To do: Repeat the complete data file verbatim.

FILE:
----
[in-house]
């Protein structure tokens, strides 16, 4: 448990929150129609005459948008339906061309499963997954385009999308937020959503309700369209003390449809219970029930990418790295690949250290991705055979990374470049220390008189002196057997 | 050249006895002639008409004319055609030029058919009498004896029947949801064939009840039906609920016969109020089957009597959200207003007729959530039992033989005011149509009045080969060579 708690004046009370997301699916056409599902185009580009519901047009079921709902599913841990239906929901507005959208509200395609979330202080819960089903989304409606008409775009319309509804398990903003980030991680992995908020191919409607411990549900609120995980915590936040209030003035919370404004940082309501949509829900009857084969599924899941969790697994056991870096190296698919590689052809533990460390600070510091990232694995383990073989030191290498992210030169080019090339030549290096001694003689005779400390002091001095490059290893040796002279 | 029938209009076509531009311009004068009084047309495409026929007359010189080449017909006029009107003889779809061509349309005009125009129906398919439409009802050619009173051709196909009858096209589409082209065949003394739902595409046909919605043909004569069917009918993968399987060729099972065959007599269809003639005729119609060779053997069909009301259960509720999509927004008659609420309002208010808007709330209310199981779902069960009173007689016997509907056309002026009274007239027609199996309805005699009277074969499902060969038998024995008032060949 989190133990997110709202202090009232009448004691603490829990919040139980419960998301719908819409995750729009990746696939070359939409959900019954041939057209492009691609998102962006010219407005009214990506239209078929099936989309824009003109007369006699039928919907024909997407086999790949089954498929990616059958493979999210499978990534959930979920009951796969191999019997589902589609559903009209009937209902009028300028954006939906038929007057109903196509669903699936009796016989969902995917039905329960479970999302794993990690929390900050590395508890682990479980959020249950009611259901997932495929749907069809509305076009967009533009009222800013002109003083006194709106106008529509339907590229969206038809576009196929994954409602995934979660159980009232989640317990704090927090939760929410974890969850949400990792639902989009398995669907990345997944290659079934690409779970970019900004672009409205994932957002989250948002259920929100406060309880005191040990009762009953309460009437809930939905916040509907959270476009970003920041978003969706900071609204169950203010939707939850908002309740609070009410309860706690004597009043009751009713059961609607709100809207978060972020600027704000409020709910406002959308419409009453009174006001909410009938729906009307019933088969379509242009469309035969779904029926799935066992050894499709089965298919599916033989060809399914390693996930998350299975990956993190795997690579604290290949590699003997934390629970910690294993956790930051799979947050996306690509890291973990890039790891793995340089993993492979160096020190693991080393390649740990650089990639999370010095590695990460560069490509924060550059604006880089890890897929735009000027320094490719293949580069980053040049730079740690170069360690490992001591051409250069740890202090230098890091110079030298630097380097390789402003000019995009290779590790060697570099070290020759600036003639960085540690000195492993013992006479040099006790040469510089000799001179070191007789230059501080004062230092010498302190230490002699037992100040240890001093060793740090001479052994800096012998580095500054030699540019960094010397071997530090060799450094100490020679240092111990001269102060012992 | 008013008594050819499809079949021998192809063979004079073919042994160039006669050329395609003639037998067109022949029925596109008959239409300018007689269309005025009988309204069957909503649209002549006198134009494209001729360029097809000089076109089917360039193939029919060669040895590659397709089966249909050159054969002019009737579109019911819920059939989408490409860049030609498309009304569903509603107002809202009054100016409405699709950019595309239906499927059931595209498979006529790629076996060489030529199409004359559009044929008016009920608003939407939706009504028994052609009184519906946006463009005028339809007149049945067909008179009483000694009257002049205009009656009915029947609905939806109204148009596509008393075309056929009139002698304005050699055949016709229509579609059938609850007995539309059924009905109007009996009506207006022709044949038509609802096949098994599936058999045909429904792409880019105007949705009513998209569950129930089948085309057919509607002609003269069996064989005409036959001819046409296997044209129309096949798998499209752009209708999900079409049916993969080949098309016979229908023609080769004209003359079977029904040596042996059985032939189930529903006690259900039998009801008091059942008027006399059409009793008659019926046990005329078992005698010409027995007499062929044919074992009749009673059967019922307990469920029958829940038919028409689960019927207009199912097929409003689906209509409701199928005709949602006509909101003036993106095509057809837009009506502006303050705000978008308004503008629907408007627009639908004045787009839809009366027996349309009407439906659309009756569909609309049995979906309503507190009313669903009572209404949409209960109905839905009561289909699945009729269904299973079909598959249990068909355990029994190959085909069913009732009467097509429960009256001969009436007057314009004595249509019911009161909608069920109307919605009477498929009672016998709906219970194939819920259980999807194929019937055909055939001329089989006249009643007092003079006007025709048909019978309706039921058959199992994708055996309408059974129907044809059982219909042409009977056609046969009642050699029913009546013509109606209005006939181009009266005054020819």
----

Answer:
[in-house]
């Protein structure tokens, strides 16, 4: 448990929150129609005459948008339906061309499963997954385009999308937020959503309700369209003390449809219970029930990418790295690949250290991705055979990374470049220390008189002196057997 | 050249006895002639008409004319055609030029058919009498004896029947949801064939009840039906609920016969109020089957009597959200207003007729959530039992033989005011149509009045080969060579 708690004046009370997301699916056409599902185009580009519901047009079921709902599913841990239906929901507005959208509200395609979330202080819960089903989304409606008409775009319309509804398990903003980030991680992995908020191919409607411990549900609120995980915590936040209030003035919370404004940082309501949509829900009857084969599924899941969790697994056991870096190296698919590689052809533990460390600070510091990232694995383990073989030191290498992210030169080019090339030549290096001694003689005779400390002091001095490059290893040796002279 | 029938209009076509531009311009004068009084047309495409026929007359010189080449017909006029009107003889779809061509349309005009125009129906398919439409009802050619009173051709196909009858096209589409082209065949003394739902595409046909919605043909004569069917009918993968399987060729099972065959007599269809003639005729119609060779053997069909009301259960509720999509927004008659609420309002208010808007709330209310199981779902069960009173007689016997509907056309002026009274007239027609199996309805005699009277074969499902060969038998024995008032060949 989190133990997110709202202090009232009448004691603490829990919040139980419960998301719908819409995750729009990746696939070359939409959900019954041939057209492009691609998102962006010219407005009214990506239209078929099936989309824009003109007369006699039928919907024909997407086999790949089954498929990616059958493979999210499978990534959930979920009951796969191999019997589902589609559903009209009937209902009028300028954006939906038929007057109903196509669903699936009796016989969902995917039905329960479970999302794993990690929390900050590395508890682990479980959020249950009611259901997932495929749907069809509305076009967009533009009222800013002109003083006194709106106008529509339907590229969206038809576009196929994954409602995934979660159980009232989640317990704090927090939760929410974890969850949400990792639902989009398995669907990345997944290659079934690409779970970019900004672009409205994932957002989250948002259920929100406060309880005191040990009762009953309460009437809930939905916040509907959270476009970003920041978003969706900071609204169950203010939707939850908002309740609070009410309860706690004597009043009751009713059961609607709100809207978060972020600027704000409020709910406002959308419409009453009174006001909410009938729906009307019933088969379509242009469309035969779904029926799935066992050894499709089965298919599916033989060809399914390693996930998350299975990956993190795997690579604290290949590699003997934390629970910690294993956790930051799979947050996306690509890291973990890039790891793995340089993993492979160096020190693991080393390649740990650089990639999370010095590695990460560069490509924060550059604006880089890890897929735009000027320094490719293949580069980053040049730079740690170069360690490992001591051409250069740890202090230098890091110079030298630097380097390789402003000019995009290779590790060697570099070290020759600036003639960085540690000195492993013992006479040099006790040469510089000799001179070191007789230059501080004062230092010498302190230490002699037992100040240890001093060793740090001479052994800096012998580095500054030699540019960094010397071997530090060799450094100490020679240092111990001269102060012992 | 008013008594050819499809079949021998192809063979004079073919042994160039006669050329395609003639037998067109022949029925596109008959239409300018007689269309005025009988309204069957909503649209002549006198134009494209001729360029097809000089076109089917360039193939029919060669040895590659397709089966249909050159054969002019009737579109019911819920059939989408490409860049030609498309009304569903509603107002809202009054100016409405699709950019595309239906499927059931595209498979006529790629076996060489030529199409004359559009044929008016009920608003939407939706009504028994052609009184519906946006463009005028339809007149049945067909008179009483000694009257002049205009009656009915029947609905939806109204148009596509008393075309056929009139002698304005050699055949016709229509579609059938609850007995539309059924009905109007009996009506207006022709044949038509609802096949098994599936058999045909429904792409880019105007949705009513998209569950129930089948085309057919509607002609003269069996064989005409036959001819046409296997044209129309096949798998499209752009209708999900079409049916993969080949098309016979229908023609080769004209003359079977029904040596042996059985032939189930529903006690259900039998009801008091059942008027006399059409009793008659019926046990005329078992005698010409027995007499062929044919074992009749009673059967019922307990469920029958829940038919028409689960019927207009199912097929409003689906209509409701199928005709949602006509909101003036993106095509057809837009009506502006303050705000978008308004503008629907408007627009639908004045787009839809009366027996349309009407439906659309009756569909609309049995979906309503507190009313669903009572209404949409209960109905839905009561289909699945009729269904299973079909598959249990068909355990029994190959085909069913009732009467097509429960009256001969009436007057314009004595249509019911009161909608069920109307919605009477498929009672016998709906219970194939819920259980999807194929019937055909055939001329089989006249009643007092003079006007025709048909019978309706039921058959199992994708055996309408059974129907044809059982219909042409009977056609046969009642050699029913009546013509109606209005006939181009009266005054020819």